Propagating lupins by taking basal cuttings

Our site is reader supported, this means we may earn a small commission when you buy through links on our site.

Propagating lupins by taking basal cuttings

Propagating lupins by taking basal cuttings

Last Updated on April 27, 2020 by John

When you are growing lupines, most people use seeds to propagate but you can very successfully take basal cuttings as well. The advantage of using cuttings/division is that the resulting plant you achieve will be genetically identical to the parent plant from which you took the cutting and when you sow seed this is not always the case.

its also lots of fun and fairly easy to do even if you have never done it before.

We also covered how to take basal cutting from delphiniums in this guide.

When to take basal cuttings from lupins?

You want to take the cutting between March and April when the plant is producing new, suitable growth for the cuttings.

Where to take the cutting?

Unlike a stem cutting, with the basal cutting, you want to go right to the base of your plant at the point where the stem meets the crown and try and take a sliver of root too by pushing the knife down into the soil.

How to take the cutting from your lupins

Step 1

You want a clean, sharp knife that has been properly sanitized. The sharper the knife, the better because you’ll be able to make a single, swift cut at the base without causing any unnecessary damage.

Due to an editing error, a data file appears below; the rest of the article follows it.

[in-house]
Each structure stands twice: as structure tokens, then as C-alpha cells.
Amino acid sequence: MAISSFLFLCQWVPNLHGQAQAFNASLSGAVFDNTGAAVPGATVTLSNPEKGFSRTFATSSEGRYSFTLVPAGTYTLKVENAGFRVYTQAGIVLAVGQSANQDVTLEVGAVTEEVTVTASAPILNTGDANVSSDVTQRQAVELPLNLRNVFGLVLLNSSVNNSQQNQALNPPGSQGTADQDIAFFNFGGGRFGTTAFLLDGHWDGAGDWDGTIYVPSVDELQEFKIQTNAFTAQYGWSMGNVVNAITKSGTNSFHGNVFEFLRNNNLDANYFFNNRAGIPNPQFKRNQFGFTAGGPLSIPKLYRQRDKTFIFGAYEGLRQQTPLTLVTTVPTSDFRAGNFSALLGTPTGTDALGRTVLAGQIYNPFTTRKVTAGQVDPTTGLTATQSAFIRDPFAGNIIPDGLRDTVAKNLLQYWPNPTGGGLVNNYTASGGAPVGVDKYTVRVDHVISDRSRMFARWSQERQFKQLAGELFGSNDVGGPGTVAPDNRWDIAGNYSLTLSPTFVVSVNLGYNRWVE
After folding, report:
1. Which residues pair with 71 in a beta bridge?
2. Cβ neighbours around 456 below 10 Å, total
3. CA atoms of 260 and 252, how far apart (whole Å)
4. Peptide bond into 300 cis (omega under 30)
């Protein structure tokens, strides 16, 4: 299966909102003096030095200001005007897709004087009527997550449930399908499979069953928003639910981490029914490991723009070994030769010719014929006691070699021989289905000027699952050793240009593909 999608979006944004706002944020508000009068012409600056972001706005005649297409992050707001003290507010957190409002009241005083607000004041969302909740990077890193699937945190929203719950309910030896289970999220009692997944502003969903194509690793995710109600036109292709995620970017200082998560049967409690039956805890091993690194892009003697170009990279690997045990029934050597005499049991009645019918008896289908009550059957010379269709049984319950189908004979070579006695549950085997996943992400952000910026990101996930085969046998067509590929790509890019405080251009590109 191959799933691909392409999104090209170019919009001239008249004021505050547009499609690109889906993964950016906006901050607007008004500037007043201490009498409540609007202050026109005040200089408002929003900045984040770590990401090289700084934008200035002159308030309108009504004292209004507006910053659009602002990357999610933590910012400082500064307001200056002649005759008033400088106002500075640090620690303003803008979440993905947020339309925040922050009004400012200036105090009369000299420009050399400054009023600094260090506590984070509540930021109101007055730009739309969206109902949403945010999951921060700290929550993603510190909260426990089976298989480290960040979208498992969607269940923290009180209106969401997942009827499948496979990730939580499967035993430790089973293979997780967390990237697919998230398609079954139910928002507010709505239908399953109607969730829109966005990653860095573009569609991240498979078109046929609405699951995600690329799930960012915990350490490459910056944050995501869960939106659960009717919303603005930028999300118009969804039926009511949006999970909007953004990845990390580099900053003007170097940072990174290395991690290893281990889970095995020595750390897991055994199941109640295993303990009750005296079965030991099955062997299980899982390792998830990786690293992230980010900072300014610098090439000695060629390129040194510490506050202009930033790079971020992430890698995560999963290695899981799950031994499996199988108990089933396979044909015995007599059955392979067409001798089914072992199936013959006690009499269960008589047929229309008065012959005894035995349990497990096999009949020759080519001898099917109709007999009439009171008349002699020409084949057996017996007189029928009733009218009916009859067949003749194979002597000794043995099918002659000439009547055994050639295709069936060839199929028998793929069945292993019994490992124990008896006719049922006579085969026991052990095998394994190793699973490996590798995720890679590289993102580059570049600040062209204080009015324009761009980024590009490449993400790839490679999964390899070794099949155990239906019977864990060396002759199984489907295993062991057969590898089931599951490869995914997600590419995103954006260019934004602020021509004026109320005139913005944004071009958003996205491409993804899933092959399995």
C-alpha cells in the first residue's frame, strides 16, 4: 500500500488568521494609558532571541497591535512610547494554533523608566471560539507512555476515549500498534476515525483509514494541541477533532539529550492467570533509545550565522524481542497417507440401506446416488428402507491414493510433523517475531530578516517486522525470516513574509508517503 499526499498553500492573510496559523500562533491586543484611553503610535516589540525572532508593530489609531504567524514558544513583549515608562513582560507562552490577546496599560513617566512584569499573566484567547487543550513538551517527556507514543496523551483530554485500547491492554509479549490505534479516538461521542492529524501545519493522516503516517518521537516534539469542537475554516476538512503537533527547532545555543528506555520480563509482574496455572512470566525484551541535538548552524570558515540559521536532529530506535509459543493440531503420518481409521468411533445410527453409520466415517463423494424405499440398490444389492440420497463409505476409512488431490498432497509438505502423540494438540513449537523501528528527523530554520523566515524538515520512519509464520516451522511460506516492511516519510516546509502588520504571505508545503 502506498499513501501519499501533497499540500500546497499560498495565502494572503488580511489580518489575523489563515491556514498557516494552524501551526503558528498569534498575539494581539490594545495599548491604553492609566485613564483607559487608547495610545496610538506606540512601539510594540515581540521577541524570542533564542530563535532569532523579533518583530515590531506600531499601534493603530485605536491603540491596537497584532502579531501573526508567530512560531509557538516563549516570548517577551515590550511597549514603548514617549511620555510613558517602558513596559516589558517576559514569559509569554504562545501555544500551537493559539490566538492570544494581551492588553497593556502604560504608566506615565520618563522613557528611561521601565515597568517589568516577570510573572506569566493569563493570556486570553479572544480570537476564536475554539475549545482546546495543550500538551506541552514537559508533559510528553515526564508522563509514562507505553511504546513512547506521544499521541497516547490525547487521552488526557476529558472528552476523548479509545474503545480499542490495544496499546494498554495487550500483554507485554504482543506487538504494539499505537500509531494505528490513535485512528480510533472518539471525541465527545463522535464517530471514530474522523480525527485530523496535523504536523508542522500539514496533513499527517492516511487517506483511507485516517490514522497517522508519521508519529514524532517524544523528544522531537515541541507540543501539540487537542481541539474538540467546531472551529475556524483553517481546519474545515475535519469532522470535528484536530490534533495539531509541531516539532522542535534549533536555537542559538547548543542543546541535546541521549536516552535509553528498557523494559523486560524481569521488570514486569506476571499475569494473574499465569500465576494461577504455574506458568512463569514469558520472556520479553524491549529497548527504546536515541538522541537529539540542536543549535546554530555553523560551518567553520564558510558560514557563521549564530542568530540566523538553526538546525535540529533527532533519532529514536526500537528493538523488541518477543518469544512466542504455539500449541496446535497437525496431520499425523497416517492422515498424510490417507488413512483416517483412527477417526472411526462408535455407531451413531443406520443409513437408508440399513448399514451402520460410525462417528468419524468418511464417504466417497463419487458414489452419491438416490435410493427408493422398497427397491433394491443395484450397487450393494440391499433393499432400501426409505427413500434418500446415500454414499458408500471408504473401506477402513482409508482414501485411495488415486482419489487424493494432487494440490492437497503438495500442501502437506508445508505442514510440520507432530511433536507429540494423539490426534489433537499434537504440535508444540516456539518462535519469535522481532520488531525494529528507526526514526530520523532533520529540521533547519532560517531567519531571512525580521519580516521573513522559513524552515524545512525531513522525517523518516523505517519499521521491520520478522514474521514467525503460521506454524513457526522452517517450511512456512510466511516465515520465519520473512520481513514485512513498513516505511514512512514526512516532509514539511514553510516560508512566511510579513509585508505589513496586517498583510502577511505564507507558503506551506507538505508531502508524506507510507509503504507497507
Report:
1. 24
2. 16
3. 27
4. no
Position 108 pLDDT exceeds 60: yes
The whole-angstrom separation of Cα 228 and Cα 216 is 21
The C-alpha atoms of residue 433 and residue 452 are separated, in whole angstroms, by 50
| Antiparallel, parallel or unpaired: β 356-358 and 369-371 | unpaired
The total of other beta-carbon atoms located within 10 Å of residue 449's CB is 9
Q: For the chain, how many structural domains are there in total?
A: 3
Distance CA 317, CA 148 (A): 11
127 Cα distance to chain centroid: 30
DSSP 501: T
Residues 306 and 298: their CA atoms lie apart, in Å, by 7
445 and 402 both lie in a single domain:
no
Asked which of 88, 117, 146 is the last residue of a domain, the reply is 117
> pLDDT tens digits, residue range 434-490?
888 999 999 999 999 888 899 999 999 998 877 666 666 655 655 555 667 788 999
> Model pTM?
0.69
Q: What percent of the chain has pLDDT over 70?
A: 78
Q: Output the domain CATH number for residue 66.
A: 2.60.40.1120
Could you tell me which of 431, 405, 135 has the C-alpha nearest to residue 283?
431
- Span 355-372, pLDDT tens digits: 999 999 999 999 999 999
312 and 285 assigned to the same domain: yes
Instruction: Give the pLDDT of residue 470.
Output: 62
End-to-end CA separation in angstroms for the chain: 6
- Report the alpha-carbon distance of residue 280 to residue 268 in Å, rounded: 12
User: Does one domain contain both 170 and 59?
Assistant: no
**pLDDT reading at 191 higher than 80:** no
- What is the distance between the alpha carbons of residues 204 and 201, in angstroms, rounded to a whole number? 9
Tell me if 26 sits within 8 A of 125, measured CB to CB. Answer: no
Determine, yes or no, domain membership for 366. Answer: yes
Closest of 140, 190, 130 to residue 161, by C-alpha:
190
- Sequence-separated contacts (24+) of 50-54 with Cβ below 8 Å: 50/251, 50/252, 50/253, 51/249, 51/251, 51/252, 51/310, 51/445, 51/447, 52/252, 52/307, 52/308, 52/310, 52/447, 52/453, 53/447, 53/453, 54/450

When you make the cut you want to make the incision as close to the crown as possible. Doing so you want to search for stems that are newer, without denuding the original stems.

Step 2

After you have your cutting there might be too much plant material, too many shoots coming out from the side in which case you’ll have to carefully trim away any excess. The goal is to leave a single leaf or a single leaf group at the top of each cutting you take.

Step 3

Once you have the cuttings it’s time to propagate them by mixing about two parts horticultural grit to improve drainage with two parts seed and cutting compost. If you have multi-purpose compost you can use this but we recommend sieving it through a riddle first to get a finer mix.

Step 4

Fill the containers, ideally 9cm or 1 litre with the compost and grit mixture and set the cuttings around the edge of the container. It’s better to put them around the edge as they dry out slower. If you are using, for example, a square container, you can take four cuttings, you can place all four of these in the four respective corners.

Step 5

Water the container and place them somewhere warm with indirect sunlight access. If you don’t put them somewhere warm and humid immediately they will start to wilt. You should spray them with water regularly so they don’t dry out being careful not to overwater.

You can help cultivate humid conditions when it is otherwise cold in your home or your greenhouse by propping some sort of plastic cover over the cuttings but make sure they don’t come into contact with the plastic.

Wait until they are established and then transplant them into larger pots or plants in the final positions.

No comments.

Leave a Reply

Your email address will not be published.